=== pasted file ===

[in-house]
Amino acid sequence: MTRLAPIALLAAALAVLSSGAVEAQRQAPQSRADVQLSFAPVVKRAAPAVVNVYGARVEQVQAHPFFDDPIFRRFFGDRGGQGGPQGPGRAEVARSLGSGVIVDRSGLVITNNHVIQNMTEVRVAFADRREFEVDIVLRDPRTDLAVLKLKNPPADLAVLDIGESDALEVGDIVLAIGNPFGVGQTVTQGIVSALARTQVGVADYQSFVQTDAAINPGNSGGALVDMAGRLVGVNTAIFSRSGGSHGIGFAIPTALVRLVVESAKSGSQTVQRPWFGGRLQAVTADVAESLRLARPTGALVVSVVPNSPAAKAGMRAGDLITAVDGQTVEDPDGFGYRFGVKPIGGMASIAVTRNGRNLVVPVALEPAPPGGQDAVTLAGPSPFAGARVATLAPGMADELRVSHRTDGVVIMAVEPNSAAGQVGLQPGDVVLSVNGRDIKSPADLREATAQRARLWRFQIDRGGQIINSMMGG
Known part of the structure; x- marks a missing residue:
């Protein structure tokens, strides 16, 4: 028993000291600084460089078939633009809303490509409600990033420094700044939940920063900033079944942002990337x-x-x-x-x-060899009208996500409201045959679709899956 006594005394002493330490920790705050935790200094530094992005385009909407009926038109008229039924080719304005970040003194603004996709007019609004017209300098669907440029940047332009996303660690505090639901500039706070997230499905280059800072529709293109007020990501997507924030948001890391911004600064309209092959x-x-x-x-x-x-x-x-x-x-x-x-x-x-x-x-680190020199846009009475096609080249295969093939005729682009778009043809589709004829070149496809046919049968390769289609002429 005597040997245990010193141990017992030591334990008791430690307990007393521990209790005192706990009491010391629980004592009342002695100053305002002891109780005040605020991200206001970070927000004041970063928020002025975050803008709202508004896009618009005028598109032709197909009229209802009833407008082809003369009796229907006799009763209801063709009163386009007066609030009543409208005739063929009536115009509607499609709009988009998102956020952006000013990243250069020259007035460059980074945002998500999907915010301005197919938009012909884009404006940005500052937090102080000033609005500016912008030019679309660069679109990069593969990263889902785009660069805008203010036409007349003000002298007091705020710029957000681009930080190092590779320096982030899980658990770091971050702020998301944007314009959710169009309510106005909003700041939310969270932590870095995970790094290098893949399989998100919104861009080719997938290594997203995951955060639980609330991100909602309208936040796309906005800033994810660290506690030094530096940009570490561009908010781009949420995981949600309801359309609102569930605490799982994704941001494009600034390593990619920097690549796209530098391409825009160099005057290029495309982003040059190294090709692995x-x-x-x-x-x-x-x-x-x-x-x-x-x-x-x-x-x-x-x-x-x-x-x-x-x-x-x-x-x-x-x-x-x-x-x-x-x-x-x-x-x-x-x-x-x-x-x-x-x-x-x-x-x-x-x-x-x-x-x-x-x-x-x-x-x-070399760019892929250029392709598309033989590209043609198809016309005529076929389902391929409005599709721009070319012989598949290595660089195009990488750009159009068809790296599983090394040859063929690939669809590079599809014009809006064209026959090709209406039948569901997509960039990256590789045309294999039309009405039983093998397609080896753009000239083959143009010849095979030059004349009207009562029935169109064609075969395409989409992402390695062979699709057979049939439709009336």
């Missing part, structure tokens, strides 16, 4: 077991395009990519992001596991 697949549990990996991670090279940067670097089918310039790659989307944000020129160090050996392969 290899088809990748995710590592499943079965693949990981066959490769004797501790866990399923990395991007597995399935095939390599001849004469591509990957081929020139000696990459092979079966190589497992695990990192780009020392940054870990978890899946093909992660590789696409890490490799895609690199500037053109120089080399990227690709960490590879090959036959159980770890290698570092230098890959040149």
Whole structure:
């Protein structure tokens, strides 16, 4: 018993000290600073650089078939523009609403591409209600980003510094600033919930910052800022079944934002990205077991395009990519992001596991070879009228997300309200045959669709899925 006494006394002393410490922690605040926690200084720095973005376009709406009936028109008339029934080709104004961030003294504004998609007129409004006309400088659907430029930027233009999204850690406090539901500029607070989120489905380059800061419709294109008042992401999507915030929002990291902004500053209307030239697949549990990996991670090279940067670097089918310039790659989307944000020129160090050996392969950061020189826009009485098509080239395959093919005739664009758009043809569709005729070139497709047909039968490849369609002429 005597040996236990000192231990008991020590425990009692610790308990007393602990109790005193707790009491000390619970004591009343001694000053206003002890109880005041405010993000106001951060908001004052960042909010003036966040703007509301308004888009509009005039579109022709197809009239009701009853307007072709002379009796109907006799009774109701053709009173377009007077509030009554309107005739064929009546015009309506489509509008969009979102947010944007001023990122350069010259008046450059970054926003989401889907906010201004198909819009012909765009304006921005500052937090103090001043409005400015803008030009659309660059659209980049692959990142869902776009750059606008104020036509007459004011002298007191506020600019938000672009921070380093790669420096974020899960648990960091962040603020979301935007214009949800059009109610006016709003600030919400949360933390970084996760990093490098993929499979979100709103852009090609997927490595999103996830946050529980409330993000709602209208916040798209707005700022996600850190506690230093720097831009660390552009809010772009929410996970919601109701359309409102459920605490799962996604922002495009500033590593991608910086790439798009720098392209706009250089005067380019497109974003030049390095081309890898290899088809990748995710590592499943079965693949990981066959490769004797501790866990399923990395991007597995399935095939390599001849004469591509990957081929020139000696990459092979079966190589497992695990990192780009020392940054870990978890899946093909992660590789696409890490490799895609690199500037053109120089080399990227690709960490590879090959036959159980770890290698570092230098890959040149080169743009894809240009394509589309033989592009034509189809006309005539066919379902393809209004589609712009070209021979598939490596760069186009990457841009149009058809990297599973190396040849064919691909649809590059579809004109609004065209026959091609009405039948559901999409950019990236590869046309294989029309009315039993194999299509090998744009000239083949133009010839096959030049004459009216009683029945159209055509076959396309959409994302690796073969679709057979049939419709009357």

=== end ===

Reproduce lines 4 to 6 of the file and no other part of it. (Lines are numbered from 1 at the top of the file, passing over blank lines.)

């Protein structure tokens, strides 16, 4: 028993000291600084460089078939633009809303490509409600990033420094700044939940920063900033079944942002990337x-x-x-x-x-060899009208996500409201045959679709899956 006594005394002493330490920790705050935790200094530094992005385009909407009926038109008229039924080719304005970040003194603004996709007019609004017209300098669907440029940047332009996303660690505090639901500039706070997230499905280059800072529709293109007020990501997507924030948001890391911004600064309209092959x-x-x-x-x-x-x-x-x-x-x-x-x-x-x-x-680190020199846009009475096609080249295969093939005729682009778009043809589709004829070149496809046919049968390769289609002429 005597040997245990010193141990017992030591334990008791430690307990007393521990209790005192706990009491010391629980004592009342002695100053305002002891109780005040605020991200206001970070927000004041970063928020002025975050803008709202508004896009618009005028598109032709197909009229209802009833407008082809003369009796229907006799009763209801063709009163386009007066609030009543409208005739063929009536115009509607499609709009988009998102956020952006000013990243250069020259007035460059980074945002998500999907915010301005197919938009012909884009404006940005500052937090102080000033609005500016912008030019679309660069679109990069593969990263889902785009660069805008203010036409007349003000002298007091705020710029957000681009930080190092590779320096982030899980658990770091971050702020998301944007314009959710169009309510106005909003700041939310969270932590870095995970790094290098893949399989998100919104861009080719997938290594997203995951955060639980609330991100909602309208936040796309906005800033994810660290506690030094530096940009570490561009908010781009949420995981949600309801359309609102569930605490799982994704941001494009600034390593990619920097690549796209530098391409825009160099005057290029495309982003040059190294090709692995x-x-x-x-x-x-x-x-x-x-x-x-x-x-x-x-x-x-x-x-x-x-x-x-x-x-x-x-x-x-x-x-x-x-x-x-x-x-x-x-x-x-x-x-x-x-x-x-x-x-x-x-x-x-x-x-x-x-x-x-x-x-x-x-x-x-070399760019892929250029392709598309033989590209043609198809016309005529076929389902391929409005599709721009070319012989598949290595660089195009990488750009159009068809790296599983090394040859063929690939669809590079599809014009809006064209026959090709209406039948569901997509960039990256590789045309294999039309009405039983093998397609080896753009000239083959143009010849095979030059004349009207009562029935169109064609075969395409989409992402390695062979699709057979049939439709009336």
């Missing part, structure tokens, strides 16, 4: 077991395009990519992001596991 697949549990990996991670090279940067670097089918310039790659989307944000020129160090050996392969 290899088809990748995710590592499943079965693949990981066959490769004797501790866990399923990395991007597995399935095939390599001849004469591509990957081929020139000696990459092979079966190589497992695990990192780009020392940054870990978890899946093909992660590789696409890490490799895609690199500037053109120089080399990227690709960490590879090959036959159980770890290698570092230098890959040149």
Whole structure: